- a tax on property for some local purpose.
- any tax assessed and paid to a local government, as any city tax or district tax.
verb (used with object), rat·ed, rat·ing.
verb (used without object), rat·ed, rat·ing.
- in any event; in any case.
- at least: It was a mediocre film, but at any rate there was one outstanding individual performance.
Origin of rate1
Synonyms for rate
verb (used with or without object), rat·ed, rat·ing.
Origin of rate2
Related Words for rateestimate, quota, percentage, amount, standard, figure, price, tax, cost, toll, tariff, pace, flow, time, count, appraise, consider, grade, evaluate, regard
Examples from the Web for rate
Contemporary Examples of rate
At any rate, policy can enforce equal rights and foster equal opportunity.No Gods, No Cops, No Masters
January 1, 2015
The rate of violent crime had nearly doubled, so Republicans took ownership of that issue.The GOP and Police Unions: A Love Story
December 12, 2014
And the rate reaches 94 percent for unauthorized foreign men.The Case for More Low-Skill Immigration
Veronique de Rugy
December 7, 2014
The rate of partner violence dwarfs the number of women who experience sexual assault from a stranger (7%).The Hidden Link Between Women and War
December 3, 2014
This week, they launched a review section that will allow users to rate dispensaries on things like “quality” and “ambience.”Colorado Weed Dispensaries Celebrate ‘Green Friday’
November 28, 2014
Historical Examples of rate
At any rate, I won't be coward enough to try to hide it from her.
This one, at the rate I have observed, will not last so long.
At any rate, she has less freedom and more obligations under her contract.
At any rate, if the lady of the house objected to it, it could return with Mistress Randall.The Armourer's Prentices
Charlotte M. Yonge
It is the superintendent of the factory in our village—a man rich, or, at any rate, well-to-do.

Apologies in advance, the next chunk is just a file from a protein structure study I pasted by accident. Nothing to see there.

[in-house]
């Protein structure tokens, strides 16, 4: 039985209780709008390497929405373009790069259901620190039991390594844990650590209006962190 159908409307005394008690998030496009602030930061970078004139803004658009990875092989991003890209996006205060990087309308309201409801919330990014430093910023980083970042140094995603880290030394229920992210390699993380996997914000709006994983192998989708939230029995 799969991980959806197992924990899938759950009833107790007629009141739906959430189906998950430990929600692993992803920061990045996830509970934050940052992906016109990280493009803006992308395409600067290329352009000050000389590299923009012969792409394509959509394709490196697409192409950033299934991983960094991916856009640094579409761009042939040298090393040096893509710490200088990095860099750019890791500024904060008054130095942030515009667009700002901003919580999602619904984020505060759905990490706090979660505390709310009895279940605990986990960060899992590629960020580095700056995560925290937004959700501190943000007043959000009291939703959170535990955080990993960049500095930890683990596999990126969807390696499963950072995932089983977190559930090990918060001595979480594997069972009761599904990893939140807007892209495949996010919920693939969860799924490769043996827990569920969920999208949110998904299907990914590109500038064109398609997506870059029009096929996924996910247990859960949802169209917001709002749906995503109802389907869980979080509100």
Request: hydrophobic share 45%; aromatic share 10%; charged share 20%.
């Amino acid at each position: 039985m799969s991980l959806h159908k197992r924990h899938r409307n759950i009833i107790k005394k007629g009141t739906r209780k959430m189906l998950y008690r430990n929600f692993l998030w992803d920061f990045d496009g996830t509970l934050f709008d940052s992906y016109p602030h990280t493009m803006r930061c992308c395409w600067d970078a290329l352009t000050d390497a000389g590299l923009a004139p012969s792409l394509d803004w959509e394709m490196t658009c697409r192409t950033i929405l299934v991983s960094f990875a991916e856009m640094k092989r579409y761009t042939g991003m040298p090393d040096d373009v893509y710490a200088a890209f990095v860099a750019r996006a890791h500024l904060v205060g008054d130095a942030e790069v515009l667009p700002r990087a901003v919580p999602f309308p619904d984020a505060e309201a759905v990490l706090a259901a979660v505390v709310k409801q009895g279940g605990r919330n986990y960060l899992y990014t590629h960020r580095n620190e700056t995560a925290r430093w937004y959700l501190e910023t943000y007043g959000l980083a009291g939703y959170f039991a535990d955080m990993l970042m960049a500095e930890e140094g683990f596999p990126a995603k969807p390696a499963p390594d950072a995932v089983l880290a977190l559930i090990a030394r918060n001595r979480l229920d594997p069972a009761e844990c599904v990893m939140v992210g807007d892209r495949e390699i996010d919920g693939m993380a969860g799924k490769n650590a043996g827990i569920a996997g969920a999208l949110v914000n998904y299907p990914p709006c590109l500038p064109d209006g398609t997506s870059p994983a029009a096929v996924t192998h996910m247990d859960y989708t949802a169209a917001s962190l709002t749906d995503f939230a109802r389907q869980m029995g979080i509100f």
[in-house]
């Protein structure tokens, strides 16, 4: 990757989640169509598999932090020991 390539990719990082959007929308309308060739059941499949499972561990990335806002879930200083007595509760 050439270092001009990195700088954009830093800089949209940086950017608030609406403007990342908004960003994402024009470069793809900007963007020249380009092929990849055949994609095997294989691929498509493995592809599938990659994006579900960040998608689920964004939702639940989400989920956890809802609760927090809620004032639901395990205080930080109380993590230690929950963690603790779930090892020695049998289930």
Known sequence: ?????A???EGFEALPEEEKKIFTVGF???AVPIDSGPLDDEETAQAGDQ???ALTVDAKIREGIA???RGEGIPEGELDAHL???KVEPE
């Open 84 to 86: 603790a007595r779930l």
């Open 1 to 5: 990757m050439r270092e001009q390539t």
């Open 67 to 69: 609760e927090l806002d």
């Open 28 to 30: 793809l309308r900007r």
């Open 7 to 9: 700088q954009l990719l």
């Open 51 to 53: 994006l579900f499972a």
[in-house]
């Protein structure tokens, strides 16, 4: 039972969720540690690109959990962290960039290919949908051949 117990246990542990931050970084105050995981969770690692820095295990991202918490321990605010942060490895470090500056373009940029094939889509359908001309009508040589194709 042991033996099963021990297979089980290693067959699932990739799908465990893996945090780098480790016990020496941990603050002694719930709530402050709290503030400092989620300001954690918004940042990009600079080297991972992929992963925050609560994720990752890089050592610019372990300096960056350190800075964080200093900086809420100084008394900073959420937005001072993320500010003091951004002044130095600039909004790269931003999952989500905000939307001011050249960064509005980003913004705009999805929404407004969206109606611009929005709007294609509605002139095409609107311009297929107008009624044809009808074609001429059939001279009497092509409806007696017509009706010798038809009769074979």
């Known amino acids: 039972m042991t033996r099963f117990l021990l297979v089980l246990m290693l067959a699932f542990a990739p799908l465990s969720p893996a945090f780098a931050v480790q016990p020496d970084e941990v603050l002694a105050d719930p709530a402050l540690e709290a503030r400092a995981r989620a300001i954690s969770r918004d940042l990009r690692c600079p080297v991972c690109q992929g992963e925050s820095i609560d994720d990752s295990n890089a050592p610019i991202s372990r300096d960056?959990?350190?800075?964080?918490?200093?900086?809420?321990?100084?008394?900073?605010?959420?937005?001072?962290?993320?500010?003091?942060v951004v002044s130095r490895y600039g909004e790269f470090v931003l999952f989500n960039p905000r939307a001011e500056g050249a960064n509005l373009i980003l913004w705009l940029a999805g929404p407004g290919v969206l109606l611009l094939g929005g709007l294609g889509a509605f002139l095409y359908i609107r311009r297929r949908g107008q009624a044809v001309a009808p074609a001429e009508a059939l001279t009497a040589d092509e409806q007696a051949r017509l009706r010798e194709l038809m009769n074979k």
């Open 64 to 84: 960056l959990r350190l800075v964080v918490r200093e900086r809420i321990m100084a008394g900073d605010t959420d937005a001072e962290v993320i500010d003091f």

- a price or charge with reference to a standard or scalerate of interest; rate of discount
- (as modifier)a rate card
- relative quality; class or grade
- (in combination)first-rate ideas
verb (mainly tr)
Word Origin for rate
Word Origin for rate
"estimated value or worth," early 15c., from Old French rate "price, value" and directly from Medieval Latin rata (pars) "fixed (amount)," from Latin rata "fixed, settled," fem. past participle of reri "to reckon, think" (see reason (n.)). Meaning "degree of speed" (prop. ratio between distance and time) is attested from 1650s. Currency exchange sense first recorded 1727. First-rate, second-rate, etc. are 1640s, from British Navy division of ships into six classes based on size and strength. Phrase at any rate originally (1610s) meant "at any cost;" weakened sense of "at least" is attested by 1760.
"to scold," late 14c., probably from Old French reter "to impute blame, accuse, find fault with," from Latin reputare "to count over, reflect," in Vulgar Latin, "to impute, blame" (see reputation). Related: Rated; rating.
"estimate the worth or value of," mid-15c., from rate (n.). Intransitive sense of "have a certain value, rank, or standing" is from 1809; specifically as "have high value" from 1928. Related: Rated; rating.
see at any rate; at this rate; x-rated.